When one is speaking of the Big 12 and the sport is basketball, you know the drill. It’s all about Kansas. Also Kansas. Then there’s Kansas. And finally, on occasion, Kansas.
Even this year the only part of that equation that was supposed to change was that a newly feisty Baylor team was going to rise to challenge the Jayhawks in a year where, for once, Bill Self does not have a bottomless reservoir of NBA-track bigs.
It’s only December, and the Big 12 title could still very well go through Lawrence or Waco or both. But after watching Missouri handle Villanova by the score of 81-71 in Madison Square Garden last night, I think the Tigers will have a say in this discussion as well. Frank Haith‘s team is looking to hang a Big 12 banner on their way out the door, in this their last season before joining the SEC.
Granted, it’s difficult to know just how good Missouri is. Six of their seven opponents can be classified as falling into one of two categories: “cupcake” or “major-conference team that may not be all that great on defense.” (The seventh opponent, Mercer falls between those two stools. The Bears are too good for cupcake status. Mizzou handled them anyway.) Nevertheless, all the Tigers can do is play the games on their schedule, and they’ve played those games very well. Fun fact: on consecutive nights in the CBE Classic in Kansas City the week before Thanksgiving, Missouri inflicted upon Mike Brey the worst loss he’s ever suffered at Notre Dame, and then handed Mike Montgomery the worst defeat he‘s ever recorded at California.
That’s striking, to say the least, and I salute Frank Haith for his cunning stylistic blend of conservatism and reform. Any first-year coach dealt a roster this experienced should be required to take a Hippocratic oath: first, do no harm. Haith, as one would expect, scrapped the pressing and trapping defense of the Mike Anderson years, but met his new players half-way stylistically, upping the tempo dramatically from anything seen in recent years from his teams at Miami. As Bradford Doolittle has pointed out, the Tigers are attacking more off the dribble under Haith, with the result being that they’re getting to the line more often. This blend of Haith and speed seems to be working. At some point Missouri will face an opposing big man that demands the ball on offense (paging Meyers Leonard), and when they do this smallish team will encounter a new challenge. But to this point Missouri has met every challenge by exceeding expectations.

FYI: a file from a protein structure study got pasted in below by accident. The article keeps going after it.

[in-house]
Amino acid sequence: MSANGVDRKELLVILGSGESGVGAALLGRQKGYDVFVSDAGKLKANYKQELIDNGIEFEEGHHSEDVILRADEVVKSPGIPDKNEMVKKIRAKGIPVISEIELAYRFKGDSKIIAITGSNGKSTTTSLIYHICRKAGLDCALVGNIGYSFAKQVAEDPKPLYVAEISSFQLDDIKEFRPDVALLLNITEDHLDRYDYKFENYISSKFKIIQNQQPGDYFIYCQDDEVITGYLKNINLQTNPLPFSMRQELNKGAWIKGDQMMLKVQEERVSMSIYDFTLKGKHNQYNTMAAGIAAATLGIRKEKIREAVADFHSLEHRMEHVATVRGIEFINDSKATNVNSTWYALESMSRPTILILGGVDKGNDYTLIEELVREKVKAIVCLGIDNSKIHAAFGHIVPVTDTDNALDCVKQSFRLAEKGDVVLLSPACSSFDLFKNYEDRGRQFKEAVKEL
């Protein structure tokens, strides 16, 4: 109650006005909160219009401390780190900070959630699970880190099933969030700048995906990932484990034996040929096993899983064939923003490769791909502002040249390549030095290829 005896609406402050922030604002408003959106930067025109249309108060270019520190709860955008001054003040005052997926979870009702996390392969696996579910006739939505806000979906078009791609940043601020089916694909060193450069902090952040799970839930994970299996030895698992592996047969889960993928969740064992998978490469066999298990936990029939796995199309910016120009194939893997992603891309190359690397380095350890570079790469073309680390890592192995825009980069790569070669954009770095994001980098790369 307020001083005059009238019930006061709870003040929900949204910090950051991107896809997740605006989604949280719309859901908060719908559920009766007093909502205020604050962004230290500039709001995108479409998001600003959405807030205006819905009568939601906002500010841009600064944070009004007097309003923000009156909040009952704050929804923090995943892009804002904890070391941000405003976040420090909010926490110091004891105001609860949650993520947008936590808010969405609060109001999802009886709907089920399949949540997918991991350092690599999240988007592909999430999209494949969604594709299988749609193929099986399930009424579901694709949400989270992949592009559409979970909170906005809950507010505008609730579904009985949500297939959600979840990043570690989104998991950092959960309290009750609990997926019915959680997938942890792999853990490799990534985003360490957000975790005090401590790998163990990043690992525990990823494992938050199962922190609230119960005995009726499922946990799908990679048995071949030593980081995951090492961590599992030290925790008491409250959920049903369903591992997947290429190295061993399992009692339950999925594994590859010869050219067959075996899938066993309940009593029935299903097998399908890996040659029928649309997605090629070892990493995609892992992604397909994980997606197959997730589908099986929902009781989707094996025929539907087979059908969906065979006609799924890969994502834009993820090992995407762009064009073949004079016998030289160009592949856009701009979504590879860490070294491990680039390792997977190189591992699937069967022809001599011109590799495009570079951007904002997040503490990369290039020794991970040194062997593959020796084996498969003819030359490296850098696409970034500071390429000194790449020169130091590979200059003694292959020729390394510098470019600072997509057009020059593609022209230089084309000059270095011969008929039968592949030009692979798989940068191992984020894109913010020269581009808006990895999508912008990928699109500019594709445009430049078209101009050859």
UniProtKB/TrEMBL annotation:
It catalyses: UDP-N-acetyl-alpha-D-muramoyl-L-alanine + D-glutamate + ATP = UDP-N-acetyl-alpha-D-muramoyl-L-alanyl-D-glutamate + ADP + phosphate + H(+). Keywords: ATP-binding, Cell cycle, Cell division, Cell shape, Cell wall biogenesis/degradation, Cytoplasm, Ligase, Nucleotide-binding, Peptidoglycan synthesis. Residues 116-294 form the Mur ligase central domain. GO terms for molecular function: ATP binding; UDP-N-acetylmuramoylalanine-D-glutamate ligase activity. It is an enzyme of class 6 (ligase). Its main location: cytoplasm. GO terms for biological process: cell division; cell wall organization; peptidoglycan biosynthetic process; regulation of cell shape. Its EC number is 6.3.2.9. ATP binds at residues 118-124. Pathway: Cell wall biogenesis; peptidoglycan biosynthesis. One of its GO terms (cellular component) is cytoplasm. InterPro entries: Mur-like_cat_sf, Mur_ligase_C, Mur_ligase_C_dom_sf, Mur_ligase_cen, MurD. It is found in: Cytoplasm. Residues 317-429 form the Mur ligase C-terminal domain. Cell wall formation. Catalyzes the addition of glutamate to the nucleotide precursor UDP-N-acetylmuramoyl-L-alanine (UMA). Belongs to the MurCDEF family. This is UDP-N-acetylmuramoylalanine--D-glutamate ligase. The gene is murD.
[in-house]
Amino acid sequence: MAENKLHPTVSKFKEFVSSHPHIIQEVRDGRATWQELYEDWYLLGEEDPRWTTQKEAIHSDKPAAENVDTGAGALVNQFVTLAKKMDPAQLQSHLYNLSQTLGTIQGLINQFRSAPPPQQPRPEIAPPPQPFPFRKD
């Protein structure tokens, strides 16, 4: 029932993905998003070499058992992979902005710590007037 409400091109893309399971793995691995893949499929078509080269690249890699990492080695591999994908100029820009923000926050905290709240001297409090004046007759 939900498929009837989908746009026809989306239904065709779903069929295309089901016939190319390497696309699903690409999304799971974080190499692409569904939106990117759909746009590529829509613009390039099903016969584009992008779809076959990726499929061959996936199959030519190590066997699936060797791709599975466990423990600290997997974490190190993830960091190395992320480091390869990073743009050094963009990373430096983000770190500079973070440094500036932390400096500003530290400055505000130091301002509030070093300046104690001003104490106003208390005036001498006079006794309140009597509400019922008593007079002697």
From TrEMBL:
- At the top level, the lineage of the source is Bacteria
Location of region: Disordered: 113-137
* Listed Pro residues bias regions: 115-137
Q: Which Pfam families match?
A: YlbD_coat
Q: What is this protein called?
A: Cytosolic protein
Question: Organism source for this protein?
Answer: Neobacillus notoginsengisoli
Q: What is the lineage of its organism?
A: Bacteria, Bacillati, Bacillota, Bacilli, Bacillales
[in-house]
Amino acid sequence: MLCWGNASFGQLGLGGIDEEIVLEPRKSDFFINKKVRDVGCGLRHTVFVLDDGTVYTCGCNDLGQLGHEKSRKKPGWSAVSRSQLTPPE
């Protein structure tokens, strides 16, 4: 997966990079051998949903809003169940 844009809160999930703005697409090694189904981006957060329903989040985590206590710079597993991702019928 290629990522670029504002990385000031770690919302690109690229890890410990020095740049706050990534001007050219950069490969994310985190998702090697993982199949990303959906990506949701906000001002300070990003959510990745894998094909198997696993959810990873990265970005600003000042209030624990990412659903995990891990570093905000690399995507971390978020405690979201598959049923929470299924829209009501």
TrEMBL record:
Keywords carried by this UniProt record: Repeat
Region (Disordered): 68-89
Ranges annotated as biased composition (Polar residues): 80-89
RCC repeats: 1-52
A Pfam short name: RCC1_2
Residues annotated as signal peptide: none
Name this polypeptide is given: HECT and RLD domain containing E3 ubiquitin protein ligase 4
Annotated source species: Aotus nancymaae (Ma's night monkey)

Give a lot of the credit there to 6-3 senior Marcus Denmon. Watching Denmon in person, as I did at the Garden last night, you can’t help but be struck by how effortlessly he carries the role of featured scorer. In most offenses a player who personally accounts for 31 percent of his team’s shot attempts during his minutes is going to be the focus of attention in more ways than one. Both the crowd and the opposing defense will track our featured scorer intently as he runs himself silly off multiple screens meant to get the ball in his oh-so important hands. That’s not how Denmon gets his shots. The ball simply arrives for him naturally, as Missouri’s well-spaced offense places pressure on the opposing D and makes it very difficult for defenders to help. (Shades of Ohio State, with Ricardo Ratliffe doing his best Jared Sullinger, of sorts.)
The way Missouri has looked in three games on neutral floors against major-conference opponents, combined with the way Baylor looked against Northwestern on Sunday, makes it hard not to go ahead and circle January 21 on the calendar. The game in Waco that day has all the trappings of a can’t miss speed-vs.-size collision.